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TX Court Admits It Considered Public Opinion on Postcards to Reject Ruling Gay Couples Must Receive Equal Benefits



‘Numerous Emails, Letters, and Postcards Expressing a Wide Variety of Views, Which We Have Treated as Amicus Briefs’

The Texas Supreme Court early Friday morning rejected a state appeals court ruling that found same-sex couples must be treated equally, including in the benefits they are entitled to receive from the state. Two men sued the Mayor of Houston saying the city did not have the right to grant married same-sex couples the same employee marriage benefits that married different-sex couples automatically receive.

While the Texas Supreme Court did not specifically rule same-sex couples don’t have to receive equal benefits, it didn’t actually say they did not, except to imply in its opinion that they don’t.

“No inherent right to gay marriage benefits,” is how the Austin American-Statesman reported the ruling.

The Court sent the appeals court ruling back to the lower court for review.

But, as Josh Blackman, a law professor at the South Texas College of Law Houston noticed, the Texas Supreme Court took what NCRM can only call the unprecedented step of admitting it took public opinion into account when deciding the case, Pidgeon v. Houston.

And not just public opinion, but postcards, letters, and emails.

Generally, interested parties can petition the court to allow them to submit an amicus brief to express their opinion on a particular case. For example, in Obergefell v. Hodges, the U.S. Supreme Court case that finally declared marriage for same-sex couples to be a civil right, nearly 150 “friend of the court” briefs were accepted. 

But the Texas Supreme Court admits not only did it accept amicus briefs, it accepted public opinion – basically the opinion of anyone who wrote to the court, regardless of their ties to the case, regardless of their level of expertise. Presumably, not one of these opinions were vetted; it’s entirely unknown who sent them.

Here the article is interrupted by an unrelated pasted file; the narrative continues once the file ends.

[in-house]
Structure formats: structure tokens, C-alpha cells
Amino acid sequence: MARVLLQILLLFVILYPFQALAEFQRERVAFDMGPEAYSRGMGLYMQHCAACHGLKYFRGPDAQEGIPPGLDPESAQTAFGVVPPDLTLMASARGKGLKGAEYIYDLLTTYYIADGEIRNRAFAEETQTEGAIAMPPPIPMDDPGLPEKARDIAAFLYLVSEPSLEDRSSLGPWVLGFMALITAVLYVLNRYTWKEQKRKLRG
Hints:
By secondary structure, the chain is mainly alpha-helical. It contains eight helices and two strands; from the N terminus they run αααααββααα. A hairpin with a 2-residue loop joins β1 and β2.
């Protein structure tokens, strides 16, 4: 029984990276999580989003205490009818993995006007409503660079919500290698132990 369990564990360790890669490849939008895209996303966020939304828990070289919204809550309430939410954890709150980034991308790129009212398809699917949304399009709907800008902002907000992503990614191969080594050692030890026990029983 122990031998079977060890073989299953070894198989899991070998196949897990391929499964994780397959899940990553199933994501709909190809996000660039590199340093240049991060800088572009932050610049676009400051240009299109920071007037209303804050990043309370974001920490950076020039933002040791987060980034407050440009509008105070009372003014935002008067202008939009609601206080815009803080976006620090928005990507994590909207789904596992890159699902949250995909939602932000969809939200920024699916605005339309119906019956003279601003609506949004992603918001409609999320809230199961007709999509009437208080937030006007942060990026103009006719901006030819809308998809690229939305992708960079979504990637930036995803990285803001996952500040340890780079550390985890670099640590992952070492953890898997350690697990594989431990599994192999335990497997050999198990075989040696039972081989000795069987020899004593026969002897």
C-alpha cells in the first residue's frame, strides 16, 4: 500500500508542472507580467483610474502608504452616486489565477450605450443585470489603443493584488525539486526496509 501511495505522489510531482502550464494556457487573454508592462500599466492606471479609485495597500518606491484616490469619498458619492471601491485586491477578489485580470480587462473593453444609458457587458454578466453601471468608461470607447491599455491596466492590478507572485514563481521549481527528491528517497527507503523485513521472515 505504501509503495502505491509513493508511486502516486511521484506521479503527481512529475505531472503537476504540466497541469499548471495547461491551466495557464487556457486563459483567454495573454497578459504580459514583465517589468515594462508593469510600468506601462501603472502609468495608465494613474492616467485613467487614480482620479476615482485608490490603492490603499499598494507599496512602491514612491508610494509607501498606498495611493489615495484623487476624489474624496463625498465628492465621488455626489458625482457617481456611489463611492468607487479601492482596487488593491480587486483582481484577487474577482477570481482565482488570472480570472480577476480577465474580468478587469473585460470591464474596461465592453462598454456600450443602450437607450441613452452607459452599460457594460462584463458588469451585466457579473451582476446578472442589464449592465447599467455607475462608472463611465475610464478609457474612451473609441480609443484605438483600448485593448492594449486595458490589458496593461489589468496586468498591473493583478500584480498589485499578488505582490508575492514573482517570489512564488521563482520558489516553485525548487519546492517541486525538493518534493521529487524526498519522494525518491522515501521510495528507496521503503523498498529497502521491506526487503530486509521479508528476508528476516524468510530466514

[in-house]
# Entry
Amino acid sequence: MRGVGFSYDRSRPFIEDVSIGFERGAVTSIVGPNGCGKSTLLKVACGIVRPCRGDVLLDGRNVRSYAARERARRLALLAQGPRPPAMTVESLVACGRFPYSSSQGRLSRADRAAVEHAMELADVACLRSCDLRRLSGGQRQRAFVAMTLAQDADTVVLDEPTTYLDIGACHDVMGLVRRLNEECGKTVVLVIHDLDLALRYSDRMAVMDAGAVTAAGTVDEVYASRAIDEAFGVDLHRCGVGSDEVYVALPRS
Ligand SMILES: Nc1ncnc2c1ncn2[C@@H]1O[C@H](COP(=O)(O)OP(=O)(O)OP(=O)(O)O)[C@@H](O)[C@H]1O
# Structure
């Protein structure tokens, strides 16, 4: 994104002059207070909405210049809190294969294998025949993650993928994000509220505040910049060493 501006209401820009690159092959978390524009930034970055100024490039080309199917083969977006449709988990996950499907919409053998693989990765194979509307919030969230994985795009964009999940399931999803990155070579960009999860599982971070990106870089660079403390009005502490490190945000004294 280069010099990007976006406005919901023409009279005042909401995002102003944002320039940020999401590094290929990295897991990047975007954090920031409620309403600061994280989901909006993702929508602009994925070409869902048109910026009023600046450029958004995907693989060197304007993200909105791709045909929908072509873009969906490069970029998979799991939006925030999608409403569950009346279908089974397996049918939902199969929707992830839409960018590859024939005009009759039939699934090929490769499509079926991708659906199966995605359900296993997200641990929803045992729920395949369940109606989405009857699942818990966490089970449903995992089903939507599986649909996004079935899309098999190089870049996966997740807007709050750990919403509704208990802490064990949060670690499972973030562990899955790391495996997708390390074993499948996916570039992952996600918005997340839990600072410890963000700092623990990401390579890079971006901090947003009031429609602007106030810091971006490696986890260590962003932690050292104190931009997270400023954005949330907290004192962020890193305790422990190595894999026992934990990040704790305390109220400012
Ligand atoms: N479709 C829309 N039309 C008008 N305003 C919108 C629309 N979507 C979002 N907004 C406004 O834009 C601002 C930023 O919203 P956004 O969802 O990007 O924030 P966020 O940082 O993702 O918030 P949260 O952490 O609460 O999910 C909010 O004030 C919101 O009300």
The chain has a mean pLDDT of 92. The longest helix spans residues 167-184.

“Both before and after we granted review, we received numerous amicus curiae briefs urging us to consider the case and expressing various views on how we should rule,” the Court writes in a footnote buried on page 9 of the 24-page ruling.

“In support of Pidgeon,” actually Jack Pidgeon and Larry Hicks, two men who don’t believe same-sex couples deserve equal rights or benefits, the court writes, “we received amicus briefs from one Texas Railroad Commissioner, eleven Texas Senators, forty Texas Representatives, and four then-candidates for the Texas Legislature; fifteen ‘Conservative Leaders throughout Texas,’ the U.S. Pastor Council, and Texas Leadership (aka the Texas Pastor Council); the Texas Governor, Lieutenant Governor, and Attorney General; and the Foundation for Moral Law and the Institute for Creation Research.”

Yes, Texas Governor Greg Abbott, anti-LGBT activist and extremist Lt. Governor Dan Patrick, Texas Attorney General Ken Paxton (charged with felony fraud), former Alabama Chief Justice Roy Moore’s Foundation for Moral Law, and the pseudoscience group Institute for Creation Research were all allowed to weigh in and have their opinions taken into consideration.

“In support of the Mayor,” actually the Mayor of Houston, Sylvester Turner, “we received amicus briefs from Kenneth L. Smith; the International Municipal Lawyers Association and the Texas Municipal League; Lawyers for America; twenty-six Texas constitutional-law and family-law professors; L.J. and M.P., a Married Couple, and Equality Texas; the De Leon plaintiffs; the Anti-Defamation League; GLBTQ Legal Advocates & Defenders, Lambda Legal Defense and Education Fund, Inc., the National Center for Lesbian Rights, the American Civil Liberties Union of Texas, and the American Civil Liberties Union Foundation; and three ‘scholars who study same-sex couples and their families.'”

And then this stunning admission:

“We also received numerous emails, letters, and postcards expressing a wide variety of views, which we have treated as amicus briefs.”

In other words, it was a Texas free-for-all.

If you had a pen, a post card, and a stamp, your opinion, regardless of the quality of it, how well versed on the law you are, no prerequisites whatsoever, you got a say in whether or not a ruling on same-sex marriage rights should stand.